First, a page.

the significant range by any stretch, but compared to
           the draft, when you have longer ventilation periods or
           you have wider spacing and things like that, you tend
           to increase some of the short-term for the benefit of
           decreasing uncertainty or decreasing dose in the long-
           term.
                       CHAIRMAN GARRICK:  Yes.  Thank you.
                       MS. SUMMERSON:  Other things that have
           changed, a solar energy facility has been added to the
           design to provide some of the power needed.  There's
           a revised emplacement drift layout.  This is to make
           the ventilation more efficient.  And an expanded
           capacity of the waste handling building to allow
           blending for the aging or blending of waste.
                       CHAIRMAN GARRICK:  If you have any excess
           energy from the solar energy, send it to California.
                       (Laughter.)
                       MR. RIVERS:  Jane, if I might also add,
           the emplacement drift layout, that also refers to the
           general layout of the facility from, say, a -- this is
           not exact -- but from a Northwest layout.  It was
           shifted approximately 90 degrees to take advantage of
           stability in some of the rock.  That's what that
           really refers to.
                       MS. SUMMERSON:  But an example of one of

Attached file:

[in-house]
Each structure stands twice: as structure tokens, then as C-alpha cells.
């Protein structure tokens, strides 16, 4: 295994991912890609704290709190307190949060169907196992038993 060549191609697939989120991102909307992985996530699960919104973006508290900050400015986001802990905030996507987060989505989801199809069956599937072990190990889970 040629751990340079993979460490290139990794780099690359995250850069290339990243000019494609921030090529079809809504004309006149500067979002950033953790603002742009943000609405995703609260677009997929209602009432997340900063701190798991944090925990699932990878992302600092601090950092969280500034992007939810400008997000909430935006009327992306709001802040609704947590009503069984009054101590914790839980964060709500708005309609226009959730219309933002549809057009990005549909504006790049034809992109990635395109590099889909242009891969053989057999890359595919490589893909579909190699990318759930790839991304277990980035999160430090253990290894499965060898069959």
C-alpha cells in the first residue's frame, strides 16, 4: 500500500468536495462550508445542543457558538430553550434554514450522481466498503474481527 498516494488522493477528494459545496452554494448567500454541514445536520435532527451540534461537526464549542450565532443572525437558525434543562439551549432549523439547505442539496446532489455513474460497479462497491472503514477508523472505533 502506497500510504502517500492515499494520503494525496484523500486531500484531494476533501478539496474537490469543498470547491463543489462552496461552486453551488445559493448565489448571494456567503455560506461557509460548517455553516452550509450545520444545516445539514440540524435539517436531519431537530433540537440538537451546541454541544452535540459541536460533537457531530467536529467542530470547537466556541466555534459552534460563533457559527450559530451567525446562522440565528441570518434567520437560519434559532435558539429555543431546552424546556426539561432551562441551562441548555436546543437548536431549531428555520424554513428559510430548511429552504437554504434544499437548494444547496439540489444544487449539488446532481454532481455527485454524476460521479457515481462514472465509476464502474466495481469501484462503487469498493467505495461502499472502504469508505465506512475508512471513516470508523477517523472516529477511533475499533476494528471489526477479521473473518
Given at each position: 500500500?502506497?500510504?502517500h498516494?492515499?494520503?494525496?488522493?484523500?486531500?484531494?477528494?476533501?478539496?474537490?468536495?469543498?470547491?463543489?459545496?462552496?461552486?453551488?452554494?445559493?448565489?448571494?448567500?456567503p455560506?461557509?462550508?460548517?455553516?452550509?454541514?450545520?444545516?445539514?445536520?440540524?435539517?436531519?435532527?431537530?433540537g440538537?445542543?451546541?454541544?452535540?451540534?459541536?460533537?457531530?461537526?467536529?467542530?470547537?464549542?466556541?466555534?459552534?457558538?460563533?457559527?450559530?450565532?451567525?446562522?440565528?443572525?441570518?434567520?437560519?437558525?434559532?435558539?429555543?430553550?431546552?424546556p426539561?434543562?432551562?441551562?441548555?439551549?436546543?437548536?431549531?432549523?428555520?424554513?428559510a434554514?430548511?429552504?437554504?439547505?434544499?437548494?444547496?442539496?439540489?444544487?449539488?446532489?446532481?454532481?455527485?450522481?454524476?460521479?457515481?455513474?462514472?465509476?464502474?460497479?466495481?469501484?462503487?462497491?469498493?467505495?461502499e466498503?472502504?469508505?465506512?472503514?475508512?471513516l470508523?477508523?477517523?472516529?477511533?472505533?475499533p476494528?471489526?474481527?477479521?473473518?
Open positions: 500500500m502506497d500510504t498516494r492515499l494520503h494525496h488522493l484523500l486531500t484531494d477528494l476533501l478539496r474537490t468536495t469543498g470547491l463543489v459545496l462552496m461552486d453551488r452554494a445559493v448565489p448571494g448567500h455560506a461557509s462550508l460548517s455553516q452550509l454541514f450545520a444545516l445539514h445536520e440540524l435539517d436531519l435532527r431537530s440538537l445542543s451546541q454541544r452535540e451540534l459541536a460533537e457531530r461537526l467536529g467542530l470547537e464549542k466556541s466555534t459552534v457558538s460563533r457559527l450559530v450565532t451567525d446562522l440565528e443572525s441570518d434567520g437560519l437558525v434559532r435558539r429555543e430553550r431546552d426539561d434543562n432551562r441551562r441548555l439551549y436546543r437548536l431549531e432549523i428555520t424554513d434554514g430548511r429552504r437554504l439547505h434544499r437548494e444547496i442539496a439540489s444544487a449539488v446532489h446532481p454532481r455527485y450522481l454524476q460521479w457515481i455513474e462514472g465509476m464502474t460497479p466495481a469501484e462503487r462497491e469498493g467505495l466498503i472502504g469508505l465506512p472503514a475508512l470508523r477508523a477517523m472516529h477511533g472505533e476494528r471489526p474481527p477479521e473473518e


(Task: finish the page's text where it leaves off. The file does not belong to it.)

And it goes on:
the things Joe was mentioning in adding a solar energy
           facility, in the short-term you have increased the
           transportation, the materials for that solar energy,
           not nuclear materials but of the materials to build
           it.  And you've got worker safety involved in the
           building of it, and that type of thing.  So that in
           that sense there is an increase in the impacts in the
           short-term construction and operation that we see.
           But, again, it's not significant; it's very small.
                       MEMBER WYMER:  Is there enough solar
           energy available to make any difference at all?
                       VICE CHAIRMAN HORNBERGER:  Have you ever
           been to Nevada on a cloudy day?
                       MS. SUMMERSON:  We have a week or so every
           year.
                       MEMBER WYMER:  You've got other energy
           sources, certainly.  I just wondered whether that
           makes a one percent addition to the total energy of
           the site or ten percent addition.
                       MR. RIVERS:  Well, what it does, if I'm
           recalling some numbers --
                       MS. SUMMERSON:  Three megawatts.
                       MR. RIVERS:  Well, it's three megawatts
           electric.  It's, from what I understand, going to be